SAN DIEGO (CNS/News 8) - The city of San Diego will be able to enforce its illegal lodging laws against the homeless at night for the first time in about five years, but there is a catch, city officials said today.
"This is a crime: this is not just a ticket," said City Attorney Jan Goldsmith. "But we are dealing with people who need help."
Under terms of a settlement of a lawsuit filed by homeless advocates, San Diego police officers can issue citations for illegal lodging and even take someone into custody. But there has to be a bed available in a shelter, and the person in question has to refuse it.
Previously, police were not allowed to cite the homeless between 9 p.m. and 5:30 a.m.
"The beauty of it is, by enforcing the law, we are offering beds, and we're getting these folks off the streets, into shelters and into services," said deputy City Attorney Daniel Bamberg.
The terms of the settlement are being incorporated into training guides for police officers, who will first make any homeless person they encounter aware of available services and try to provide help.
"It will help people in San Diego get a bed and help themselves with treatment," Goldsmith said.
"If that person continues to refuse, it could be that that person is physically taken into custody and placed in a custodial environment in jail," said Assistant Police Chief Boyd Long.
Even those violators who are jailed will also be offered access to services and resources to help them get off the streets.
The problem of illegal lodging is critical downtown, where transients line the sidewalks in some areas at night -- a concern of both safety and neglect visible to residents and visitors to Petco Park, the Gaslamp Quarter and downtown hotels.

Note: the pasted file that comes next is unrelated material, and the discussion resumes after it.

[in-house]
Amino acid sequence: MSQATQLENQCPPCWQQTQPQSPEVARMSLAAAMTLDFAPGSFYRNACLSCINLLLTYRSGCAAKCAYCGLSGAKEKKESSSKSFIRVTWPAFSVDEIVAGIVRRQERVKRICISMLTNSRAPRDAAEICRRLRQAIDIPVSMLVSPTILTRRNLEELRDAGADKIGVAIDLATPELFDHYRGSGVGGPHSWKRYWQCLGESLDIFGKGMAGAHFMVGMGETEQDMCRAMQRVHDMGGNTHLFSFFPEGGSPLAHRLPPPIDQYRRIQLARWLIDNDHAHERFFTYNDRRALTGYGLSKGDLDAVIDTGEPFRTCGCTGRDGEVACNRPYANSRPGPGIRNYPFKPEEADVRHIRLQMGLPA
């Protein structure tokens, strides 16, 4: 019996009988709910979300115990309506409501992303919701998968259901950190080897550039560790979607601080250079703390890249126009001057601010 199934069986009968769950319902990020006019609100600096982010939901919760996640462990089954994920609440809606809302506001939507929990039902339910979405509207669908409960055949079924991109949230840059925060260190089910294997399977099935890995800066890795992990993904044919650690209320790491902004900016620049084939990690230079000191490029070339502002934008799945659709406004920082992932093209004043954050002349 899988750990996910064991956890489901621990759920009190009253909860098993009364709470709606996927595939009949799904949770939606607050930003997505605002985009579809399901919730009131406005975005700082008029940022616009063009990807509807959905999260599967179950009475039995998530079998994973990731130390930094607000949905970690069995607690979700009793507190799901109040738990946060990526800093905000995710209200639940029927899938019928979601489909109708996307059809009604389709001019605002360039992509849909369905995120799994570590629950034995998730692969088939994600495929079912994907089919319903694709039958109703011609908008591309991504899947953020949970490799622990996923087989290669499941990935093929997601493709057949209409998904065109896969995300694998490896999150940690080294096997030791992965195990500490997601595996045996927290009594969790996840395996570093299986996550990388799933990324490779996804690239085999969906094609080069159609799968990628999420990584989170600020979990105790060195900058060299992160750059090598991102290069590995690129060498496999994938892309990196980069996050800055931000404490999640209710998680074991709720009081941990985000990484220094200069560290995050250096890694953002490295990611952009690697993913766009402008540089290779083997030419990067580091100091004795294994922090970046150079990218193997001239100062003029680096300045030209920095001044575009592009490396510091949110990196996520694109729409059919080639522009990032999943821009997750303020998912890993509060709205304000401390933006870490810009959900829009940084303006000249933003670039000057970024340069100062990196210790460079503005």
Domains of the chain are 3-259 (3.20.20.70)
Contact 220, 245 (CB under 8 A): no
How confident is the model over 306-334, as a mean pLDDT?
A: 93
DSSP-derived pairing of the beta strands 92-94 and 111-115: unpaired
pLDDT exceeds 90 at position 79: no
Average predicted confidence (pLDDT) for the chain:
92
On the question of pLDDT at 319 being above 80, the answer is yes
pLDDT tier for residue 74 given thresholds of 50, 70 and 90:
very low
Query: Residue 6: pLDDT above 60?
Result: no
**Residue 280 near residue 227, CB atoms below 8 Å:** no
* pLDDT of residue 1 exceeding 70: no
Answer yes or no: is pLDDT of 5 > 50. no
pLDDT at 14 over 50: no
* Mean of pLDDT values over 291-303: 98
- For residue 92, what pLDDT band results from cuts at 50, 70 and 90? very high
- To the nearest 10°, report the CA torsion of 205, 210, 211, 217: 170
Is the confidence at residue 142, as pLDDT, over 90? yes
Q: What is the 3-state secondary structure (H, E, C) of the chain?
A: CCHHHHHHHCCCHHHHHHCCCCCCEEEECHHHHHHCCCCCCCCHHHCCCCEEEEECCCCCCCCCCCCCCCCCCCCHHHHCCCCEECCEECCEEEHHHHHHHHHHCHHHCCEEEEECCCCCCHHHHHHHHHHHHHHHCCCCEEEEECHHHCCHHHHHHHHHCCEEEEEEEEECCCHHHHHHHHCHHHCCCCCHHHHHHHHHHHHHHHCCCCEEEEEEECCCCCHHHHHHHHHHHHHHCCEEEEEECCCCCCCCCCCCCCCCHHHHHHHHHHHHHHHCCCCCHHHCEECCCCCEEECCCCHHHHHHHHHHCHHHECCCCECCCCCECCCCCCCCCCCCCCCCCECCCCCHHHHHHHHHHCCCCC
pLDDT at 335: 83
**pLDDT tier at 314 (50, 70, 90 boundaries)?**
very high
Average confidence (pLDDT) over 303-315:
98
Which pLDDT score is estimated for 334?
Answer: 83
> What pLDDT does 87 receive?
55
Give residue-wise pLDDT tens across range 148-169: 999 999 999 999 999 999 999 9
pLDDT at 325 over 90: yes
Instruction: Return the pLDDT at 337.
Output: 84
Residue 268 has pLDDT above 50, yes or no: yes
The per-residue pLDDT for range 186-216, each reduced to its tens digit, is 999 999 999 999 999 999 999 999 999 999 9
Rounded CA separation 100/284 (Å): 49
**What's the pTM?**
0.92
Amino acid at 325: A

Wednesday in The San Diego Union-Tribune, a letter to the editor was published from a resident of New Zealand, who visited San Diego last week for an electrical engineering conference and was appalled by the homeless population.
Jonathan Clark of Auckland wrote that as he walked through downtown, "I was taken aback with the number of shelterless people packing up their meager belongings." He said it was an unacceptable situation for the wealthiest nation on the planet.
"What we're announcing today is vitally important to downtown San Diego," said Kevin Faulconer, the city councilman who represents the area. "This step will make downtown a nicer place for residents, businesses and tourists."
About five beds per night will be available for the homeless contacted by officers who choose to go to a shelter, according to an agreement between the SDPD and homeless service providers.
City officials believe the majority of the homeless will turn down the offer of shelter space, but will move on to avoid a ticket.
"The settlement and the associated enforcement procedures strike an important balance between providing the beds and services homeless people need and deserve, and equipping our police officers with an important enforcement tool," Faulconer said.
But some local homeless advocates, like Larry Milligan, say this move will do little to help the overall homeless population.
"I think they're going to go into hiding," Milligan told News 8. "They'll go back to where people can't see the, because they're not going to feel safe anymore."
The city of San Diego is also working on creating a permanent 220-bed shelter, which could open in a year and a half.
The settlement approved by U.S. Magistrate Judge William McCurine was reached after numerous meetings between plaintiff lawyers Timothy Cohelan and Robert Scott Dreher, the City Attorney's Office and Faulconer.